Spring's warmer weather and longer days deliver an invitation, perhaps subliminally, to take a leisurely drive along the coast on Highway 1. If you're near Pacifica at mealtime, you might want to point your car toward Rockaway Beach and Moonraker, one of the few restaurants on this stretch of highway with great views of the Pacific and food to match.

Moonraker is located inside the Lighthouse Hotel, right on the beach. The original Moonraker closed about a decade ago; the current restaurant is Moonraker 2.0, so to speak. In between, another restaurant took over the space, according to new Moonraker owner Shawn McNamara. In 2011, when that place closed, Shawn, his brother Gary and Chef Jason Yeafoli set out to revive Moonraker and restore it to its former glory. That included a $250,000 overhaul, which refurbished the cozy booths facing floor-to-ceiling windows and removed large wood beams to further open up the view.

Sunset sips

Diners at tables behind the booths and in the open bar area are treated to the same vista as the booth diners, since the tables are on a higher level. Moonraker is an ideal spot to sip a drink and watch the sunset, crashing waves and, at the right season, maybe migrating whales.

On one visit, though, we'd hardly had time to slide into our booth before a server asked if we'd like a drink. How on earth would we know, since we'd had only 30 seconds with the cocktail menu and full-page wine list? I don't mean to single out Moonraker; other restaurants should take note, too.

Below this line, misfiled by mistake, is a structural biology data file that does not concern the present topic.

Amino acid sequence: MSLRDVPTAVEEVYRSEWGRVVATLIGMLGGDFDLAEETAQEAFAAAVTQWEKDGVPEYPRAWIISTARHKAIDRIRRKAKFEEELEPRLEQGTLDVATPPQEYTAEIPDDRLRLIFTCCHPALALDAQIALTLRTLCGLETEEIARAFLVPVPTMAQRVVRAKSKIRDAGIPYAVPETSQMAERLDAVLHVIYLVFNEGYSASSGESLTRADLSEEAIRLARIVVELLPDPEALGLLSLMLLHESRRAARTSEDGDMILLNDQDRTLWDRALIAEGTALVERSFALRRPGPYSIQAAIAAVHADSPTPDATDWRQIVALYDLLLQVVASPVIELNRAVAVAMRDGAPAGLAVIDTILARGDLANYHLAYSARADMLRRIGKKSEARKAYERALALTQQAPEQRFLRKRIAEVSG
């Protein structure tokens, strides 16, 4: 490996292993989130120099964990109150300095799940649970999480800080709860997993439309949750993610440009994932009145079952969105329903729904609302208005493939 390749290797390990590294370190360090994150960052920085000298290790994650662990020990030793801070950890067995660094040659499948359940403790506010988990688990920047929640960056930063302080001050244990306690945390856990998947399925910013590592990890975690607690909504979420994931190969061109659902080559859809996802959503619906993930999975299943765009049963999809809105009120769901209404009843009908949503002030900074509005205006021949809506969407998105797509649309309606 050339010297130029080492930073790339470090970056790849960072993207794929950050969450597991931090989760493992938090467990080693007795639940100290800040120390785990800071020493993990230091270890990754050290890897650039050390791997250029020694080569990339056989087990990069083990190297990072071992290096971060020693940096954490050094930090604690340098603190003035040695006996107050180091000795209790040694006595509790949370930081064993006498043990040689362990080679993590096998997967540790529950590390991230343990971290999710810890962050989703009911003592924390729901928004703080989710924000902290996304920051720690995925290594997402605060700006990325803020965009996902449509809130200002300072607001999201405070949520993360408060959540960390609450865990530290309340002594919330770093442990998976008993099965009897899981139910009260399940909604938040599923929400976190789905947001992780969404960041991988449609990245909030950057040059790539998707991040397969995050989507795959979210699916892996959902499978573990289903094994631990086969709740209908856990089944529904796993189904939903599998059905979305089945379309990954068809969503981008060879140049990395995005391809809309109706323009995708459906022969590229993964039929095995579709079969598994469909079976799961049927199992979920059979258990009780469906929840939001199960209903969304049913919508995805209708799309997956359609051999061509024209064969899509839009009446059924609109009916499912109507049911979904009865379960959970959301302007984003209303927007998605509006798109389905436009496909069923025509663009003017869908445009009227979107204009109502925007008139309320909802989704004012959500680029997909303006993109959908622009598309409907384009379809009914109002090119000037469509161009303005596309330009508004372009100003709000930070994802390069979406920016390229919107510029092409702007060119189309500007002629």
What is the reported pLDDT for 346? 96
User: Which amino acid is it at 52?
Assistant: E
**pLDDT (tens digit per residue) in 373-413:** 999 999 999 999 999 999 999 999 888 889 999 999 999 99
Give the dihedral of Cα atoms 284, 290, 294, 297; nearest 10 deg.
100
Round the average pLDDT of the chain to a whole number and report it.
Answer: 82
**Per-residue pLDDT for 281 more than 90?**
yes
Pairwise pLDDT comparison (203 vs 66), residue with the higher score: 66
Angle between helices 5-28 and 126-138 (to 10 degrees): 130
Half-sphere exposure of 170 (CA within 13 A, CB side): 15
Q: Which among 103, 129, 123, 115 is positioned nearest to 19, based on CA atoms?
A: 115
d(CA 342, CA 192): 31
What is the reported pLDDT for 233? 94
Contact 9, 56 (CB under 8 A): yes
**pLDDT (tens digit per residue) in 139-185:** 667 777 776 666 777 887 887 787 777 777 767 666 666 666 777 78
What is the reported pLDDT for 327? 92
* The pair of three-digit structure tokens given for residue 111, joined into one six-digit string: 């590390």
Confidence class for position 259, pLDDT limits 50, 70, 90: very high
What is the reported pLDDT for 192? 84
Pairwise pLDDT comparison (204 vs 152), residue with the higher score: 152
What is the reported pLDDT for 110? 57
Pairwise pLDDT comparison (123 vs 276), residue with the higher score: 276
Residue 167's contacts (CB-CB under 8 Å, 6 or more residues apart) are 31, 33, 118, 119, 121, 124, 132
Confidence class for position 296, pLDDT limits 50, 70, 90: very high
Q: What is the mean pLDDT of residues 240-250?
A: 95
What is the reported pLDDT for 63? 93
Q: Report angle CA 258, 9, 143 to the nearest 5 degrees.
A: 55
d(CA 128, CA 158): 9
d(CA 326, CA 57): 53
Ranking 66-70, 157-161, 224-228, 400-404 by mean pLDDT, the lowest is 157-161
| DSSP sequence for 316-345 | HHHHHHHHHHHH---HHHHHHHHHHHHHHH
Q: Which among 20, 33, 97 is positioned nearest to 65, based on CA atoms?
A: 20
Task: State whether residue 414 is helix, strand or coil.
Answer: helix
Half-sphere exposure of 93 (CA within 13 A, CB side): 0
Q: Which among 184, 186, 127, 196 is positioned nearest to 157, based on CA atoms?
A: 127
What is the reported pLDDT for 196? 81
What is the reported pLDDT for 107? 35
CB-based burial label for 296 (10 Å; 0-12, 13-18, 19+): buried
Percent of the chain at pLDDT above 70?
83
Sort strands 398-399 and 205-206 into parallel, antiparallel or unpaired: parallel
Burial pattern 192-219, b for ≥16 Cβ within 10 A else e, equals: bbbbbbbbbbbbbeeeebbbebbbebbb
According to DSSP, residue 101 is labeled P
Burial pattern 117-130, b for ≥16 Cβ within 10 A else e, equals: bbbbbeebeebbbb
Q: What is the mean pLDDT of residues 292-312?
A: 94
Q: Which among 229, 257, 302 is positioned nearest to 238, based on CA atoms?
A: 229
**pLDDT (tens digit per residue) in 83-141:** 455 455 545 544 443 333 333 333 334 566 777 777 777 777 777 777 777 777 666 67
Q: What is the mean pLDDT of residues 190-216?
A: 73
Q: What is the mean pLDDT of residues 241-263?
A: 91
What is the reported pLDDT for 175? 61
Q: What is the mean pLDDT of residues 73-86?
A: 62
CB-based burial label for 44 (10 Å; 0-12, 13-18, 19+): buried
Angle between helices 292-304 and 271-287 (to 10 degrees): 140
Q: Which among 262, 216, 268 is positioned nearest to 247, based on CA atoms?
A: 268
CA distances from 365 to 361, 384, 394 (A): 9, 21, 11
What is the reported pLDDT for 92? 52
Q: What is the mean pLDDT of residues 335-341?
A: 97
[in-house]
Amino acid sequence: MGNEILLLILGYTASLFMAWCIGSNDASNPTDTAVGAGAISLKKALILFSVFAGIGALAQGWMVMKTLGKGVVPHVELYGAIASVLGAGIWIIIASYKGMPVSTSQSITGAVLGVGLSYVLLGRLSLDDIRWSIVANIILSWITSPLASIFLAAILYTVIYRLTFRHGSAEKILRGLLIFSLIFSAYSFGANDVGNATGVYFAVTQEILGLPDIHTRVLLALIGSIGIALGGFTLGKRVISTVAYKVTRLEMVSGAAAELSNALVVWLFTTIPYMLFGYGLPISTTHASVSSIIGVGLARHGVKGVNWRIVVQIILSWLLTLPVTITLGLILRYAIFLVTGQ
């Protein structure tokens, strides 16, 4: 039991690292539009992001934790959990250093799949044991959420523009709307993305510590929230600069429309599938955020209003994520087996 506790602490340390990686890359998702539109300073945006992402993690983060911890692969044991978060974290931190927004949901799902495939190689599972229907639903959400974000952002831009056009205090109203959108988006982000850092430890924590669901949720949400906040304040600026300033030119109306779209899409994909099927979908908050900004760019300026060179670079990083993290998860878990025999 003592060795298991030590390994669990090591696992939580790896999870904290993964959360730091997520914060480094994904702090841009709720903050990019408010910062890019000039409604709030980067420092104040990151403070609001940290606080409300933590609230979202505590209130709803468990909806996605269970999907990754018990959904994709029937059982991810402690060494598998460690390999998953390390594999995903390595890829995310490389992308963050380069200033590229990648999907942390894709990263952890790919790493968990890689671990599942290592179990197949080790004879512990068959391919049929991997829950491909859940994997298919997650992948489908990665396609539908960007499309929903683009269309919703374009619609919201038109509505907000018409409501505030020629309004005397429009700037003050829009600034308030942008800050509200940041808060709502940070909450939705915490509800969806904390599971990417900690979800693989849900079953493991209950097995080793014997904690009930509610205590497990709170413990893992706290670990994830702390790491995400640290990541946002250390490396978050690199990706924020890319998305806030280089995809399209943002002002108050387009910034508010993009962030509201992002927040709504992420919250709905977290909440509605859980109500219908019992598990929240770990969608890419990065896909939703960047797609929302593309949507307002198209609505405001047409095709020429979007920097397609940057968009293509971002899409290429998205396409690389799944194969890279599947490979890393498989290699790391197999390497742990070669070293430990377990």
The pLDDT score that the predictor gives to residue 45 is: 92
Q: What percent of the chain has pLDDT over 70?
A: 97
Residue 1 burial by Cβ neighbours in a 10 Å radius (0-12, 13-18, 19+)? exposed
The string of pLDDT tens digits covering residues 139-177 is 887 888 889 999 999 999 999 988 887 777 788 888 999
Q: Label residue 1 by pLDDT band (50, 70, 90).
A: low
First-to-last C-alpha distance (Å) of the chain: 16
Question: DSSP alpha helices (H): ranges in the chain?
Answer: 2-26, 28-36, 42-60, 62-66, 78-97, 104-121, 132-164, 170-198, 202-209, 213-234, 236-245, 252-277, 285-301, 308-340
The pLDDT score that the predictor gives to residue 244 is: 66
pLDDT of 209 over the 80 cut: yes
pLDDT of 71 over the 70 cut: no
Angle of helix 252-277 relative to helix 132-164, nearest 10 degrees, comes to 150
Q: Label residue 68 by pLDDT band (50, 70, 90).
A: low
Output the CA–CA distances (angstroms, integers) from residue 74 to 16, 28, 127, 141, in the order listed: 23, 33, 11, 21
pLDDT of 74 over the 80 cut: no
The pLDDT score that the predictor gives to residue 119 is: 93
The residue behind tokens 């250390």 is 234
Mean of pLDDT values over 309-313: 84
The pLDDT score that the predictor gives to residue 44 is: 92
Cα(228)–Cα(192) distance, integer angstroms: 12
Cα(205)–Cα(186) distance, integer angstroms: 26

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There's a decent choice of wines, including selections to accompany oysters and other cold seafood plates. Wines by the glass are available in both 3- and 6-ounce pours -- a nice option for those who change gears from a seafood starter to a steak or lamb main course. Moonraker also offers a dozen signature cocktails, some nonalcoholic.

Creative flourishes

Yeafoli was once a sous chef at the old Moonraker. Now in charge, he has created a classic fine-dining menu featuring plenty of seafood dishes, as well as steaks, lamb and pasta. He also employs some creative flourishes such as gorgonzola gnocchi, served with steak; and foams -- which, though a bit dated, work particularly well atop the delightful lobster cappuccino ($4 taste/$9 full). The intensely flavored lobster stock is topped with truffle foam, which lightens the texture and flavor of the silky stock. Just a taste, served in an espresso cup, was plenty.

The other starters were also very good. The texture of the clam chowder ($5 taste/$11 bowl) was just right, with a good balance of clams, potato and bacon. Crab cakes ($15) were crisp, light and well-seasoned. Beef tartare ($14) was a favorite, with the raw meat finely chopped and mixed with onions, capers and mustard, then topped with a hard-boiled quail egg.